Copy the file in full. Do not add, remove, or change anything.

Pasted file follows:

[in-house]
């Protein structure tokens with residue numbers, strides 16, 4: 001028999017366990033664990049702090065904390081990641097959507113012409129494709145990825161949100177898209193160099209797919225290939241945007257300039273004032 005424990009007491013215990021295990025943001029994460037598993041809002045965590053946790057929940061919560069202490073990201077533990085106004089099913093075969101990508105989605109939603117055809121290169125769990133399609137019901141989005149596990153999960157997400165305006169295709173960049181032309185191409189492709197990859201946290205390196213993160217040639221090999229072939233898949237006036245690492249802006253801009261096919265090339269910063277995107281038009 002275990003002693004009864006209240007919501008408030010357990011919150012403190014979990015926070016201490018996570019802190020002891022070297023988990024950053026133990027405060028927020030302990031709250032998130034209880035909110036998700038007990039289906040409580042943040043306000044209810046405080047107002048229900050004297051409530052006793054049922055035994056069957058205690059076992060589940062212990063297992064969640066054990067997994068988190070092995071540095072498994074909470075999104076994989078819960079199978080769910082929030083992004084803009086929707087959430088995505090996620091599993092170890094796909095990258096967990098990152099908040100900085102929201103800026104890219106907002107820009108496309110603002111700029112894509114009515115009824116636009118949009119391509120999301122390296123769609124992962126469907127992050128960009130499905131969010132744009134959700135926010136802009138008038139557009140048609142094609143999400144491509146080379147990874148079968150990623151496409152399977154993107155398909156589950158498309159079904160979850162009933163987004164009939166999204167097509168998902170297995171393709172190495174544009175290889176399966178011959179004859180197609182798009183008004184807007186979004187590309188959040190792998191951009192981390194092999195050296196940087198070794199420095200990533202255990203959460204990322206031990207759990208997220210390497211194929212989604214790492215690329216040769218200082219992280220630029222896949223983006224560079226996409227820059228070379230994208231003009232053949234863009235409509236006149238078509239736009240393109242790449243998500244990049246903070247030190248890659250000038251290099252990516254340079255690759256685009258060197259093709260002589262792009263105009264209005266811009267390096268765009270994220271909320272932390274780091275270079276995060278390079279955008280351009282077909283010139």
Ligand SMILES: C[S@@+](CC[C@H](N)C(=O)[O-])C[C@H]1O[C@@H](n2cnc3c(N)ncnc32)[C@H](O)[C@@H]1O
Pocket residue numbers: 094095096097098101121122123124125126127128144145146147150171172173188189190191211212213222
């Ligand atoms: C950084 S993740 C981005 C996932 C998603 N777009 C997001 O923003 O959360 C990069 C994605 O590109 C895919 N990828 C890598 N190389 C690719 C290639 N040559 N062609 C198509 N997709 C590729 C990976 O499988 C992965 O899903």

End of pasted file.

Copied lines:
[in-house]
């Protein structure tokens with residue numbers, strides 16, 4: 001028999017366990033664990049702090065904390081990641097959507113012409129494709145990825161949100177898209193160099209797919225290939241945007257300039273004032 005424990009007491013215990021295990025943001029994460037598993041809002045965590053946790057929940061919560069202490073990201077533990085106004089099913093075969101990508105989605109939603117055809121290169125769990133399609137019901141989005149596990153999960157997400165305006169295709173960049181032309185191409189492709197990859201946290205390196213993160217040639221090999229072939233898949237006036245690492249802006253801009261096919265090339269910063277995107281038009 002275990003002693004009864006209240007919501008408030010357990011919150012403190014979990015926070016201490018996570019802190020002891022070297023988990024950053026133990027405060028927020030302990031709250032998130034209880035909110036998700038007990039289906040409580042943040043306000044209810046405080047107002048229900050004297051409530052006793054049922055035994056069957058205690059076992060589940062212990063297992064969640066054990067997994068988190070092995071540095072498994074909470075999104076994989078819960079199978080769910082929030083992004084803009086929707087959430088995505090996620091599993092170890094796909095990258096967990098990152099908040100900085102929201103800026104890219106907002107820009108496309110603002111700029112894509114009515115009824116636009118949009119391509120999301122390296123769609124992962126469907127992050128960009130499905131969010132744009134959700135926010136802009138008038139557009140048609142094609143999400144491509146080379147990874148079968150990623151496409152399977154993107155398909156589950158498309159079904160979850162009933163987004164009939166999204167097509168998902170297995171393709172190495174544009175290889176399966178011959179004859180197609182798009183008004184807007186979004187590309188959040190792998191951009192981390194092999195050296196940087198070794199420095200990533202255990203959460204990322206031990207759990208997220210390497211194929212989604214790492215690329216040769218200082219992280220630029222896949223983006224560079226996409227820059228070379230994208231003009232053949234863009235409509236006149238078509239736009240393109242790449243998500244990049246903070247030190248890659250000038251290099252990516254340079255690759256685009258060197259093709260002589262792009263105009264209005266811009267390096268765009270994220271909320272932390274780091275270079276995060278390079279955008280351009282077909283010139």
Ligand SMILES: C[S@@+](CC[C@H](N)C(=O)[O-])C[C@H]1O[C@@H](n2cnc3c(N)ncnc32)[C@H](O)[C@@H]1O
Pocket residue numbers: 094095096097098101121122123124125126127128144145146147150171172173188189190191211212213222
């Ligand atoms: C950084 S993740 C981005 C996932 C998603 N777009 C997001 O923003 O959360 C990069 C994605 O590109 C895919 N990828 C890598 N190389 C690719 C290639 N040559 N062609 C198509 N997709 C590729 C990976 O499988 C992965 O899903």